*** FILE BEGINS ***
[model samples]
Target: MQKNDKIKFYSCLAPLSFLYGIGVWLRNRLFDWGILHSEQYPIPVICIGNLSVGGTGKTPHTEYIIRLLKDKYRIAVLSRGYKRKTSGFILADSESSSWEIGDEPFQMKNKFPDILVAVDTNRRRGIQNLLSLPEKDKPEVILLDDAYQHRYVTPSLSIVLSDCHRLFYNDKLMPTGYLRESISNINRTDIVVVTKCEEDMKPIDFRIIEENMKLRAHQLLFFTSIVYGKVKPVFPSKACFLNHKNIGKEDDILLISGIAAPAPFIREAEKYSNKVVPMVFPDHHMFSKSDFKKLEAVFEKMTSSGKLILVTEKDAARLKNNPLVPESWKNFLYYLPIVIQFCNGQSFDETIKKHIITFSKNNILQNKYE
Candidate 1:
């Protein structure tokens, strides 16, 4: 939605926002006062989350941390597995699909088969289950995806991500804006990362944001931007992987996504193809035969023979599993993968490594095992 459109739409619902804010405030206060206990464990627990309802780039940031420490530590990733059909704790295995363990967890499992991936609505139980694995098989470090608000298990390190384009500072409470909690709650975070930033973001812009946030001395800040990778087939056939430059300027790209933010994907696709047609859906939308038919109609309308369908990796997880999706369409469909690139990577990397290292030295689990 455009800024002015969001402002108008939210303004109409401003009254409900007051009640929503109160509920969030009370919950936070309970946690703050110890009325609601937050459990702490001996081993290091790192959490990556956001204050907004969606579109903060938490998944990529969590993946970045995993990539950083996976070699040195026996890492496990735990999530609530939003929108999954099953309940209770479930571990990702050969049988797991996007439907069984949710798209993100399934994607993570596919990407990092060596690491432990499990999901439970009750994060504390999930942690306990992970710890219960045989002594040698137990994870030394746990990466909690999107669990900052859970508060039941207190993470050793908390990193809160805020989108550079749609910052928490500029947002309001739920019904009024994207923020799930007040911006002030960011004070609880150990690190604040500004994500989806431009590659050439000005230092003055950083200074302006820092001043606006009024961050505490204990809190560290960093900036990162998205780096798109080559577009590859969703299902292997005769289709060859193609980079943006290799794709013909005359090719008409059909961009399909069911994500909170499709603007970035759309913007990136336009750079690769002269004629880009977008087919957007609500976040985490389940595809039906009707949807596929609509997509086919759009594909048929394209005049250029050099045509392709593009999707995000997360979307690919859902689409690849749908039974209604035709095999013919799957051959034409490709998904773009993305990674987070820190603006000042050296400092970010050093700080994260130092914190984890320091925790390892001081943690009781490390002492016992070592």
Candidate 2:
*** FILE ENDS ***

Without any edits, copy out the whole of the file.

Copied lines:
[model samples]
Target: MQKNDKIKFYSCLAPLSFLYGIGVWLRNRLFDWGILHSEQYPIPVICIGNLSVGGTGKTPHTEYIIRLLKDKYRIAVLSRGYKRKTSGFILADSESSSWEIGDEPFQMKNKFPDILVAVDTNRRRGIQNLLSLPEKDKPEVILLDDAYQHRYVTPSLSIVLSDCHRLFYNDKLMPTGYLRESISNINRTDIVVVTKCEEDMKPIDFRIIEENMKLRAHQLLFFTSIVYGKVKPVFPSKACFLNHKNIGKEDDILLISGIAAPAPFIREAEKYSNKVVPMVFPDHHMFSKSDFKKLEAVFEKMTSSGKLILVTEKDAARLKNNPLVPESWKNFLYYLPIVIQFCNGQSFDETIKKHIITFSKNNILQNKYE
Candidate 1:
């Protein structure tokens, strides 16, 4: 939605926002006062989350941390597995699909088969289950995806991500804006990362944001931007992987996504193809035969023979599993993968490594095992 459109739409619902804010405030206060206990464990627990309802780039940031420490530590990733059909704790295995363990967890499992991936609505139980694995098989470090608000298990390190384009500072409470909690709650975070930033973001812009946030001395800040990778087939056939430059300027790209933010994907696709047609859906939308038919109609309308369908990796997880999706369409469909690139990577990397290292030295689990 455009800024002015969001402002108008939210303004109409401003009254409900007051009640929503109160509920969030009370919950936070309970946690703050110890009325609601937050459990702490001996081993290091790192959490990556956001204050907004969606579109903060938490998944990529969590993946970045995993990539950083996976070699040195026996890492496990735990999530609530939003929108999954099953309940209770479930571990990702050969049988797991996007439907069984949710798209993100399934994607993570596919990407990092060596690491432990499990999901439970009750994060504390999930942690306990992970710890219960045989002594040698137990994870030394746990990466909690999107669990900052859970508060039941207190993470050793908390990193809160805020989108550079749609910052928490500029947002309001739920019904009024994207923020799930007040911006002030960011004070609880150990690190604040500004994500989806431009590659050439000005230092003055950083200074302006820092001043606006009024961050505490204990809190560290960093900036990162998205780096798109080559577009590859969703299902292997005769289709060859193609980079943006290799794709013909005359090719008409059909961009399909069911994500909170499709603007970035759309913007990136336009750079690769002269004629880009977008087919957007609500976040985490389940595809039906009707949807596929609509997509086919759009594909048929394209005049250029050099045509392709593009999707995000997360979307690919859902689409690849749908039974209604035709095999013919799957051959034409490709998904773009993305990674987070820190603006000042050296400092970010050093700080994260130092914190984890320091925790390892001081943690009781490390002492016992070592």
Candidate 2: